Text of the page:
Strategikon of Maurice

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The Strategikon or Strategicon (Greek: Στρατηγικόν) is a manual of war traditionally regarded as written in the late 6th century and usually attributed to Byzantine Emperor Maurice; it is moreover a practical manual, "a rather modest elementary handbook", in the words of its introduction, "for those devoting themselves to generalship".

The Strategikon may have been written in an effort to codify the military reforms brought about by the soldier-emperor Maurice. There is debate in academic circles as to the true author of the Strategikon. Maurice may have only commissioned it; perhaps his brother Peter, or another general of his court, was the true author. The dating is also debated. If written in the 6th century, the Strategikon may have been produced to codify the experience of the Balkan and Persian campaigns, or those campaigns may have been carried out in compliance with the manual; however, starting in the late 19th century, some historians have argued for a later date in the eighth or ninth century, on philological or technological grounds.[1] In any case it is considered one of the most important military texts of the medieval years, along with the 10th century military treatises attributed to the Byzantine emperors Leo VI (Tactica) and Nicephorus Phocas (De velitatione and Praecepta Militaria); Leo's Tactica in particular drew heavily from the Strategikon.

The text consists of 12 chapters, or "books", on various aspects of the tactics employed by the Byzantine army of the 6th and 7th century A.D. It is primarily focused on cavalry tactics and formations, yet it also elaborates on matters of infantry, sieges, baggage trains, drilling and marching. Books VII and VIII contain practical advice to the General in the form of instructions and maxims. The eleventh book has ethnographic interest, with its portrayal of various Byzantine enemies (Franks, Lombards, Avars, Turks, and Slavs). The Strategikon also belongs to Byzantine legal literature, since it contains a list of military infractions and their suitable penalties.[2]


  • Book I – Introduction
  • Book II – The Cavalry Battle Formation
  • Book III – Formations of the Cavalry Tagma
  • Book IV – Ambushes
  • Book V – On Baggage Trains
  • Book VI – Various Tactics and Drills
  • Book VII – Strategy. The Points Which the General Must Consider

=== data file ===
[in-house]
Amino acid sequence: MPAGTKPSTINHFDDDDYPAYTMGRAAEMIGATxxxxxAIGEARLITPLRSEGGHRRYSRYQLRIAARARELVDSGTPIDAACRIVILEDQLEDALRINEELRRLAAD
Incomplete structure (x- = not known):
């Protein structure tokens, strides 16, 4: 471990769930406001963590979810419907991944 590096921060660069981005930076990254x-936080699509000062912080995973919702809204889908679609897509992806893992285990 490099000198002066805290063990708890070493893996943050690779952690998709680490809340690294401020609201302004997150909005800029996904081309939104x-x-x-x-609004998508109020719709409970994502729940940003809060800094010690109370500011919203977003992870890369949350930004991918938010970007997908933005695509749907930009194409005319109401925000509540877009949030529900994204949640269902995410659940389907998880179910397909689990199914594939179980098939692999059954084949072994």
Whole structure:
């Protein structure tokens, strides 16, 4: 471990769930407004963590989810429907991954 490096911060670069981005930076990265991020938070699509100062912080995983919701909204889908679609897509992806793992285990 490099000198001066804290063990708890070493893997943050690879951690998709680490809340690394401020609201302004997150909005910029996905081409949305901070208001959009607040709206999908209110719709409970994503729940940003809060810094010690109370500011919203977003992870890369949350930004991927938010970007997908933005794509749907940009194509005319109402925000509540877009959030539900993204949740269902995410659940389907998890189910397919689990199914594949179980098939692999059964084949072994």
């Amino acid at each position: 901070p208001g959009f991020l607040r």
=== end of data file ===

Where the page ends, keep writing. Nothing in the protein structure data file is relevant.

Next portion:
• Book VIII – [General Instructions and Maxims]
  • Book IX – Surprise Attacks
  • Book X – [Sieges]
  • Book XI – Characteristics and Tactics of Various Peoples
  • Book XII – [Mixed Formations, Infantry, Camps and Hunting]


Book V - On Baggage Trains

Baggage trains should be regarded with utmost care as they contain the ingredients to make a forward operating base function, including servants and children. Baggage trains should be kept away from areas of battle to avoid dispiriting soldier morale in the event of capture. Reserve horses should be kept with the baggage train at the onset of battle, their utility is not needed at the front line and will only add to the confusion in battle. The encampment area for the baggage train should be stationed in a defensible area with water and grass readily available at a distance of approximately 30 to 50 miles away from the location of the main battle and should be staffed with a force of two Banda; the encampment should forage for food and hay equivalent to four days of necessity. The defense force should select known and capable men to form a communication chain from the baggage train encampment to the front line. An intermediate encampment, closer to the front line, should be established between the battle area and the baggage train; the camp should be fortified and supplied with food for a day at the camp for each bandon. While in transit, the baggage train should be kept separate from the soldiers' marching lines; when enemies are present, the baggage train should be in the middle of the caravan to avoid harassment by enemies.[3]


  1. Lynn White, Jr., Medieval Technology and Social Change, Oxford University Press, 1964, pp. 20-21, gives the argument for a later date on technological grounds; his notes on p. 144 list some of the works arguing for a later date on philological grounds.
  2. Petersen, Charles. "The Strategikon: A forgotten military classic". Air War College. Retrieved January 3, 2012.<templatestyles src="Module:Citation/CS1/styles.css"></templatestyles>
  3. Dennis, George (1984). Maurice's Strategikon: Handbook of Byzantine military strategy. University of Pennsylvania Press. pp. 58–63. ISBN 978-0812278996.<templatestyles src="Module:Citation/CS1/styles.css"></templatestyles>

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